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Some of our most beautiful and culturally significant buildings have now been legally protected for 70 years following the introduction of Listed Buildings under the Town and Country Planning Act 1947.
This piece of law was introduced following the end of World War II, when the country was seeking to rebuild many of the cities towns and villages in England and Wales. Although some protection was given to a number of buildings prior to this Act, a comprehensive set of rules and regulations were required to ensure key culturally significant properties were not removed or damaged in the rebuild.
Initially used as a salvage list to protect from "overzealous" builders, the list now covers around 500,000 buildings of interest and includes all buildings built pre 1700 and most built prior to 1840 which still consist of their original features. Other interesting buildings enjoying listed status include a number of palaces, windmills, piers, fairground rides and even a 'hobbit' house in Holme! The list not only covers old buildings but those which have had a specific purpose (such as an air raid shelter) or those of special architectural design, decoration or craftsmanship (think Grand Designs).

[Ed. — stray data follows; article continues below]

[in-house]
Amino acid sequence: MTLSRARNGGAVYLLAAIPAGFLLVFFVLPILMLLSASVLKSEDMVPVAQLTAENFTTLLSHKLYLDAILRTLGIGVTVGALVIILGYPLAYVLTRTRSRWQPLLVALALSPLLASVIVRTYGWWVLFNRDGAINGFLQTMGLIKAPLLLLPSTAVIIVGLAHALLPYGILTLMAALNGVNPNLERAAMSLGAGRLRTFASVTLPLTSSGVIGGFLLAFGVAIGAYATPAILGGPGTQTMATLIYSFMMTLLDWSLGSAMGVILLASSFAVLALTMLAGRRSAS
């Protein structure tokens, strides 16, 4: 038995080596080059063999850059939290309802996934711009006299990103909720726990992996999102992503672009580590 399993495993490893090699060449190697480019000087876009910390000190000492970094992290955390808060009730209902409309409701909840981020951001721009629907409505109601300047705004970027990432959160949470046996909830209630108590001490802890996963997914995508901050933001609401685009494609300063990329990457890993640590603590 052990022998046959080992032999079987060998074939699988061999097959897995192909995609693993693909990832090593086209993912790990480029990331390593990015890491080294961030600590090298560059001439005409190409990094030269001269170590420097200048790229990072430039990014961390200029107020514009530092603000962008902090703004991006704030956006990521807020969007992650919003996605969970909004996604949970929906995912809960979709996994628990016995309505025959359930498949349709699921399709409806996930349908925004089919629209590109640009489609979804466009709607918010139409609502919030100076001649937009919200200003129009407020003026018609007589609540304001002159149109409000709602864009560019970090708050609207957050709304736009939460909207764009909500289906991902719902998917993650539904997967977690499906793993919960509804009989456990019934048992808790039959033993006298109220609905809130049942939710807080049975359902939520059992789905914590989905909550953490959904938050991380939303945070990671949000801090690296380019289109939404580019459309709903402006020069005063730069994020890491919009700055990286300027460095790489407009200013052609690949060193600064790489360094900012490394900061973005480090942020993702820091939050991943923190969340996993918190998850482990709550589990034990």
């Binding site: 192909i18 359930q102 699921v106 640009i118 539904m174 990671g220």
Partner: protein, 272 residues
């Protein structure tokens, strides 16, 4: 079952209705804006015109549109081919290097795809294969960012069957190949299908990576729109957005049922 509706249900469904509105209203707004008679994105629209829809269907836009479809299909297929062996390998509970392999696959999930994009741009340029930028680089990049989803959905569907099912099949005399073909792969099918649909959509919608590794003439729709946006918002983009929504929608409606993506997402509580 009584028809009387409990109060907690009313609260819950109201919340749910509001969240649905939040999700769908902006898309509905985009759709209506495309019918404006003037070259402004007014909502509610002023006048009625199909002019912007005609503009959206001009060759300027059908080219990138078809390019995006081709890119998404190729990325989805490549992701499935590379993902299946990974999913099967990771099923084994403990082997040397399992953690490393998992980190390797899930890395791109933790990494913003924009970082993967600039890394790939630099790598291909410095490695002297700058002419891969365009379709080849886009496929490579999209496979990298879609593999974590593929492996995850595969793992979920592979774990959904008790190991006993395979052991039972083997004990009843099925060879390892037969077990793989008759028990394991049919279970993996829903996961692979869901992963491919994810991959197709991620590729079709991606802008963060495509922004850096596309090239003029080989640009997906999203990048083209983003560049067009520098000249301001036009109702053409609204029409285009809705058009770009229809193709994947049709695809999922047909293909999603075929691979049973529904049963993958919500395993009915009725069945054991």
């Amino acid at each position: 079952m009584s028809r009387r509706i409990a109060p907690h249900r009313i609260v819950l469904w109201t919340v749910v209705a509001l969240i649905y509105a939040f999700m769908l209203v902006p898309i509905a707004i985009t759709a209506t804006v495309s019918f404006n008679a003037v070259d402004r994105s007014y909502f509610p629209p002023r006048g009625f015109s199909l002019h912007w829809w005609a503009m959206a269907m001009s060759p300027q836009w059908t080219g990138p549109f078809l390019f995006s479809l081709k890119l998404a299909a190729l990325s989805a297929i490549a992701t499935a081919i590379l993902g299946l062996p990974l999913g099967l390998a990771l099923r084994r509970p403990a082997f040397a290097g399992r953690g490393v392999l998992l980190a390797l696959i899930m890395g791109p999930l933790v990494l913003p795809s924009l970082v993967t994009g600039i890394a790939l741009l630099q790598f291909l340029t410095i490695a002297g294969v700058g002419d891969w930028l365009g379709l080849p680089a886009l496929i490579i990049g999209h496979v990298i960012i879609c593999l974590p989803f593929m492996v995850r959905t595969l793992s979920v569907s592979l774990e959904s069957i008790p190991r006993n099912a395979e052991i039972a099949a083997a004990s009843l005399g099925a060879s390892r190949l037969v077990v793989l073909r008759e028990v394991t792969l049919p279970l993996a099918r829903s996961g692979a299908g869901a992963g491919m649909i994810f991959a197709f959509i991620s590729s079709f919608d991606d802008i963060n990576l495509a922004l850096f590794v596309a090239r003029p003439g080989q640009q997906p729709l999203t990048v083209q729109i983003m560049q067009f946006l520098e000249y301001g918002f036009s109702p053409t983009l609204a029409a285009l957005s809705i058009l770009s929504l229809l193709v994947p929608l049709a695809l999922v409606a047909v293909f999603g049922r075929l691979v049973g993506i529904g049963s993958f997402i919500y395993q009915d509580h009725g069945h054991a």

Being a Listed Building doesn't mean that the property cannot be altered, added to or redeveloped but it does mean that the owner will need to seek specific consent to carry out any changes. This is to ensure that the reason for its listed interest is not affected and is often why you will see the façade of many old buildings being retained when a building is being redeveloped.
If you have any questions regarding a Listed Building that you are the owner of or if you are looking to buy a Listed Building, please contact Ramsdens Conveyancing team, call us free on 0808 1685643 or email email@example.com.